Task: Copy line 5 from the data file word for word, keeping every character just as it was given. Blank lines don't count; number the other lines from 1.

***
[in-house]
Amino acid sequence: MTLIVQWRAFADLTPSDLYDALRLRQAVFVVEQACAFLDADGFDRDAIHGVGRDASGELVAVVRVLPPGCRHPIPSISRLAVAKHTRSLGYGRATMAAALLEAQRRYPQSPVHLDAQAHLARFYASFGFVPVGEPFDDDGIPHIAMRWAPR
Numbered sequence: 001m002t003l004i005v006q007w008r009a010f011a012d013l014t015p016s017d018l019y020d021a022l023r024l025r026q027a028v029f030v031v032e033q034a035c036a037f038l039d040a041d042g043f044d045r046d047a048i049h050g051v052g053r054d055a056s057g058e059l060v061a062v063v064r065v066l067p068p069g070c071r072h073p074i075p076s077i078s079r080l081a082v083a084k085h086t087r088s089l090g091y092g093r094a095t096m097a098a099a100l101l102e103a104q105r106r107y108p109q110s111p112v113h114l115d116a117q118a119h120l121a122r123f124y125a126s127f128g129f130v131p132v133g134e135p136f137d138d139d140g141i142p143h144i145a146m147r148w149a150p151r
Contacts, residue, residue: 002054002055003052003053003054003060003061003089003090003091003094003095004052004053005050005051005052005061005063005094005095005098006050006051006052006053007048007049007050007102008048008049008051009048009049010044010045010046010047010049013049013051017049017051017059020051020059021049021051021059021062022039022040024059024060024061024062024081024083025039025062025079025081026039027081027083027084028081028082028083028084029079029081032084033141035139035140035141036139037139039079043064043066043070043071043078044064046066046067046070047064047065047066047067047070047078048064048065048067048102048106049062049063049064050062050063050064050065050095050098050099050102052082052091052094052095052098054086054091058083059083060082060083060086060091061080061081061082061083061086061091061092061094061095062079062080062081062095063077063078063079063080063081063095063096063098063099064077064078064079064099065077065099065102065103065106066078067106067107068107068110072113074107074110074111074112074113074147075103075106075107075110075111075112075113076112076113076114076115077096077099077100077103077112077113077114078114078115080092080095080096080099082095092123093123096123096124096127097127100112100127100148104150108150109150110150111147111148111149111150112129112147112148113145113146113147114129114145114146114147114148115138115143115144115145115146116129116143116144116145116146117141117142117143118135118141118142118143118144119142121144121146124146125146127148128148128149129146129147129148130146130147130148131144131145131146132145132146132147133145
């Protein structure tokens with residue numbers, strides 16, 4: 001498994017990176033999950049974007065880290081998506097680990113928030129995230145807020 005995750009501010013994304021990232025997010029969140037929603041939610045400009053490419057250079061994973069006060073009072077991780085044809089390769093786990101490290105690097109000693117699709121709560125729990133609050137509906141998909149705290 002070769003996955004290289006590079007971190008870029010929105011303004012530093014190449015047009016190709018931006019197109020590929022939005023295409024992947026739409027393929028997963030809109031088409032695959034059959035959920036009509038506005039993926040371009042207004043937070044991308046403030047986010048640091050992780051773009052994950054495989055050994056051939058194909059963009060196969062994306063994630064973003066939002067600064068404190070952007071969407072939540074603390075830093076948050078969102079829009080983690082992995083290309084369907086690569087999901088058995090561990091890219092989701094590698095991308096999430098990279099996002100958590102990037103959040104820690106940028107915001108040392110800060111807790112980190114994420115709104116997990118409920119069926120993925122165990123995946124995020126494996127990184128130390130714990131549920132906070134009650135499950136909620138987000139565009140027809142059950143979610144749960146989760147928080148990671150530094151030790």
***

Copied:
């Protein structure tokens with residue numbers, strides 16, 4: 001498994017990176033999950049974007065880290081998506097680990113928030129995230145807020 005995750009501010013994304021990232025997010029969140037929603041939610045400009053490419057250079061994973069006060073009072077991780085044809089390769093786990101490290105690097109000693117699709121709560125729990133609050137509906141998909149705290 002070769003996955004290289006590079007971190008870029010929105011303004012530093014190449015047009016190709018931006019197109020590929022939005023295409024992947026739409027393929028997963030809109031088409032695959034059959035959920036009509038506005039993926040371009042207004043937070044991308046403030047986010048640091050992780051773009052994950054495989055050994056051939058194909059963009060196969062994306063994630064973003066939002067600064068404190070952007071969407072939540074603390075830093076948050078969102079829009080983690082992995083290309084369907086690569087999901088058995090561990091890219092989701094590698095991308096999430098990279099996002100958590102990037103959040104820690106940028107915001108040392110800060111807790112980190114994420115709104116997990118409920119069926120993925122165990123995946124995020126494996127990184128130390130714990131549920132906070134009650135499950136909620138987000139565009140027809142059950143979610144749960146989760147928080148990671150530094151030790």